In Gayne C. Young’s previous novel (see my review here) a troop of subterranean albino baboons killed and devoured an alarming number of people at the Texas-Mexico border. Victims included a team of paleontology students, a gaggle of drug cartel musclemen and a handful of highly trained soldiers of fortune. At the end of the book, Lt. Col. Jeff Hunter and Capt. Jarrett Taylor barely made it home alive.
Even though Hunter and Taylor ultimately escaped to safety, they left things messy at the border. The cave dwellings beneath the Rio Grande were still teaming with deadly Agartha baboons, a mutated new species of haplorhini. The situation was still unresolved.
With its talon-like claws, its maw of elongated canine teeth and its massively over-sized eyes, the baboons had successfully adapted to living in an underground cavern of eternal night. “It’s become the perfect predator,” observed a primatologist, “and it has lived for centuries in an extremely isolated and almost completely unpopulated area.” It’s beautiful, he admitted, absolutely beautiful.
Now three months later, both Hunter and Taylor were being recruited for another tour of duty down at the border. A specialized private military service organization called Primal Force was working for a client who wanted to capture a couple of the “unknown-to-science monstrosities.”
A new species of primate, one that’s remained hidden to the modern world, would be worth a great deal to science. After all, who knows what their genome looks like? What secrets did their cells carry? All that new information could lead to a bucket load of knowledge and understanding. It’s the kind of thing that could be turned into a fortune.
And so, like dogs that returned to their vomit, the two mercenaries agreed to join P.F. Services and return to the tunnel to hunt Agartha baboons. Time to buckle up, buttercup.
Despite the book’s title, no one actually returns to the tunnel. One unlucky guy falls down a hole, but Hunter and Taylor had a plan to lure the mutated beasts into the open. No spelunking involved. Their plan works more or less—if you overlook the eruption of gun and baboon violence during the final act.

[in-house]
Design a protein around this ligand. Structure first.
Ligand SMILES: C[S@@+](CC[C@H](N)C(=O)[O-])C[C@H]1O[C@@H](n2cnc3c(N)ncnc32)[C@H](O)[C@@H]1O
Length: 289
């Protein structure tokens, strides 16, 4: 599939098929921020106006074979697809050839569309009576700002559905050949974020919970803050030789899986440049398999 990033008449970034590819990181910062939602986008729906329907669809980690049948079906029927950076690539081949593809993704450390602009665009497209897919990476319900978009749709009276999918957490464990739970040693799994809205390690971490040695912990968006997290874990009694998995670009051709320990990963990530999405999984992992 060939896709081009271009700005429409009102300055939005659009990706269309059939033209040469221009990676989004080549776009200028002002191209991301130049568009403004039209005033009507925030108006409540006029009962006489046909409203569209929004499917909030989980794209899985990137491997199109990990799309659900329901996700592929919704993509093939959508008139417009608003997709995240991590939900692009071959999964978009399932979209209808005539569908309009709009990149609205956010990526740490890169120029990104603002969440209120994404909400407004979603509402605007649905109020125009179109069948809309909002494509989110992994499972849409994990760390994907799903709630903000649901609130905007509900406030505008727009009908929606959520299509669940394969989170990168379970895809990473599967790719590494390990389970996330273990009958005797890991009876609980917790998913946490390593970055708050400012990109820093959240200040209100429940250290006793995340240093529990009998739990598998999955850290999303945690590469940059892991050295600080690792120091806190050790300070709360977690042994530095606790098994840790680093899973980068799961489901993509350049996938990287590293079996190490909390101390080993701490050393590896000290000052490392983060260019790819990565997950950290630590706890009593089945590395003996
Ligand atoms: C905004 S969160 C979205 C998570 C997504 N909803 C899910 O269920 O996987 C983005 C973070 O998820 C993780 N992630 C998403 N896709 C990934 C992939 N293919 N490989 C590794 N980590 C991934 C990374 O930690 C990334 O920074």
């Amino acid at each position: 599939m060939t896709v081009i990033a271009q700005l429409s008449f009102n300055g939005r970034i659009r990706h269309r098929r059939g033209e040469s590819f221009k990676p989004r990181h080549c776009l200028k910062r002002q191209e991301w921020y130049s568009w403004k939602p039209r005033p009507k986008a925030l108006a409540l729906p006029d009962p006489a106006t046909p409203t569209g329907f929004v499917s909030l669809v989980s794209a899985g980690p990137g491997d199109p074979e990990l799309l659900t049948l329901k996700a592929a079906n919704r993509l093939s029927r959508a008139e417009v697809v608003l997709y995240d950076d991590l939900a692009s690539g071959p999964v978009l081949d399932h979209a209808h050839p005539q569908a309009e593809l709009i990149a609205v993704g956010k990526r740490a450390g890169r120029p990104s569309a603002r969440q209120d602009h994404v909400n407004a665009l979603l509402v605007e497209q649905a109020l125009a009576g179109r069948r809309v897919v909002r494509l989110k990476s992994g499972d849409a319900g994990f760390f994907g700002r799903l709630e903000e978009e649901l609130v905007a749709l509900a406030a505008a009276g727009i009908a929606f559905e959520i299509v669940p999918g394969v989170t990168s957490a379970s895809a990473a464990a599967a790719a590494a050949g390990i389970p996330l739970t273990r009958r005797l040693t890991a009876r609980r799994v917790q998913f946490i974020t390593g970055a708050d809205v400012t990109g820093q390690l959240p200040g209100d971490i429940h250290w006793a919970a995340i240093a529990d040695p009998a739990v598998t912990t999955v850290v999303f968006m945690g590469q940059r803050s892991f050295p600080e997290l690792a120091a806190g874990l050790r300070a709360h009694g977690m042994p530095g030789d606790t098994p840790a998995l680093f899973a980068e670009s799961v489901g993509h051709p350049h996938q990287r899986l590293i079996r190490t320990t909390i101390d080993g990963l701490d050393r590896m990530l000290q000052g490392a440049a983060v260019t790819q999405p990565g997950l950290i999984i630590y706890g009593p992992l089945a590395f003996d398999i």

I enjoyed revisiting the author’s world of killer monkeys and sharp-shooting mercenaries. But I had two minor criticisms. Number one: There were a lot of “red shirts” in this book—the entire crew of a cryptology internet show, the entire “Texas First” fringe group, an entire squad of Mexican cartel gunmen and a handful of Primal Force agents. It’s ridiculous. I think there’s only one significant character introduced in this story that survived the onslaught.
And number two: I winced every time a character named Dori showed up. The author never missed an opportunity to disparage her physical appearance. She was sweaty and big (“nearly 300 pounds,” said Young), she had a massive bust and she jiggled when she rode in a car. For jewelry, she wore a livestock nose ring like a pig or a cow. Her colleagues collectively gagged at the thought of seeing her in her pajamas. Even in death, we are reminded of Dori’s obesity: “The baboons began devouring the flesh from her cheeks, jowls and multi-tiered neck.”
A reasonable solution was eventually found to curb the baboon problem, and I’m confident that we’ll see more of the cave-dwelling cryptids in future novels by Young. In the meantime, Hunter, Taylor and their Primal Force comrades-in-arms rushed onto an airplane bound for Asia. “We’ve got a problem in Mongolia,” explained their new boss. “A big one.” To be continued.
[Return to the Tunnel / By Gayne C. Young / First Printing: January 2020 / ISBN: 9781922323231]